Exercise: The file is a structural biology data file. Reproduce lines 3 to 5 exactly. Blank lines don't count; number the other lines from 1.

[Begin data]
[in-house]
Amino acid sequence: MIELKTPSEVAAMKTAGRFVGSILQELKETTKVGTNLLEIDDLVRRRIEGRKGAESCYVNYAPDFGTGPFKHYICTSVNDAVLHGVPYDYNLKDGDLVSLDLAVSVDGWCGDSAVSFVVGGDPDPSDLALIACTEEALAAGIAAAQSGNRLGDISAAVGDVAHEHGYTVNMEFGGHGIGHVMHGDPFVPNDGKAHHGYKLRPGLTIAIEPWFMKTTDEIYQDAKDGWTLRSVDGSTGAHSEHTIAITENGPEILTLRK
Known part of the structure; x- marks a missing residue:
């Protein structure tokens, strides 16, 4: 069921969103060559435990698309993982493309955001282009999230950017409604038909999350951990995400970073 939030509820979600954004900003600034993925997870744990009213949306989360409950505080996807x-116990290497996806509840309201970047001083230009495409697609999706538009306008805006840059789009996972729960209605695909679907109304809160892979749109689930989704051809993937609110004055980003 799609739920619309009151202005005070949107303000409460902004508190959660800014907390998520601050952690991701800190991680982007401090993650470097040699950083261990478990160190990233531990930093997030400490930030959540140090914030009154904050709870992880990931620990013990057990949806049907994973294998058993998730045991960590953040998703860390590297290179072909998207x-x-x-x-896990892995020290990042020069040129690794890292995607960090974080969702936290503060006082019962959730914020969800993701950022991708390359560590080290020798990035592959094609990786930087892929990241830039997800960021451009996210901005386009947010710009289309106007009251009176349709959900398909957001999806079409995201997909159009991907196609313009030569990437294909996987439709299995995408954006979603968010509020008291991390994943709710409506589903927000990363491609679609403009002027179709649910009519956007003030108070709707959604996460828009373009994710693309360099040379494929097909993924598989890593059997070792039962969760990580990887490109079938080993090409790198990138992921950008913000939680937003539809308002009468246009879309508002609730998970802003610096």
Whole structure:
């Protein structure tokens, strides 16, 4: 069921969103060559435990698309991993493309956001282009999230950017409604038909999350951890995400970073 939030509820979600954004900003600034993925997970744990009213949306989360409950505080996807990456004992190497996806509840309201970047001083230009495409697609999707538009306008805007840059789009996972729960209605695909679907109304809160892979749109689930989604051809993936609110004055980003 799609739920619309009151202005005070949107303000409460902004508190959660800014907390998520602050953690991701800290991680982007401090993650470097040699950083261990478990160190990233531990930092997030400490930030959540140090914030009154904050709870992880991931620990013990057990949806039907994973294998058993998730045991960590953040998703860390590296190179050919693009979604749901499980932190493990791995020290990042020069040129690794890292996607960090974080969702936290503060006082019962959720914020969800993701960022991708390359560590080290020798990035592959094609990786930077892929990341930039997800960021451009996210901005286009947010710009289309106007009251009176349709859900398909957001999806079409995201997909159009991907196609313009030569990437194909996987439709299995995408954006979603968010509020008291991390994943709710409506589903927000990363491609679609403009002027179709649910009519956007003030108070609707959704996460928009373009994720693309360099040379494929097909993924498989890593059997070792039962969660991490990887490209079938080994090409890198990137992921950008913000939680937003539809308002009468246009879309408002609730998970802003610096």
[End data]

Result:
Known part of the structure; x- marks a missing residue:
């Protein structure tokens, strides 16, 4: 069921969103060559435990698309993982493309955001282009999230950017409604038909999350951990995400970073 939030509820979600954004900003600034993925997870744990009213949306989360409950505080996807x-116990290497996806509840309201970047001083230009495409697609999706538009306008805006840059789009996972729960209605695909679907109304809160892979749109689930989704051809993937609110004055980003 799609739920619309009151202005005070949107303000409460902004508190959660800014907390998520601050952690991701800190991680982007401090993650470097040699950083261990478990160190990233531990930093997030400490930030959540140090914030009154904050709870992880990931620990013990057990949806049907994973294998058993998730045991960590953040998703860390590297290179072909998207x-x-x-x-896990892995020290990042020069040129690794890292995607960090974080969702936290503060006082019962959730914020969800993701950022991708390359560590080290020798990035592959094609990786930087892929990241830039997800960021451009996210901005386009947010710009289309106007009251009176349709959900398909957001999806079409995201997909159009991907196609313009030569990437294909996987439709299995995408954006979603968010509020008291991390994943709710409506589903927000990363491609679609403009002027179709649910009519956007003030108070709707959604996460828009373009994710693309360099040379494929097909993924598989890593059997070792039962969760990580990887490109079938080993090409790198990138992921950008913000939680937003539809308002009468246009879309508002609730998970802003610096």
Whole structure: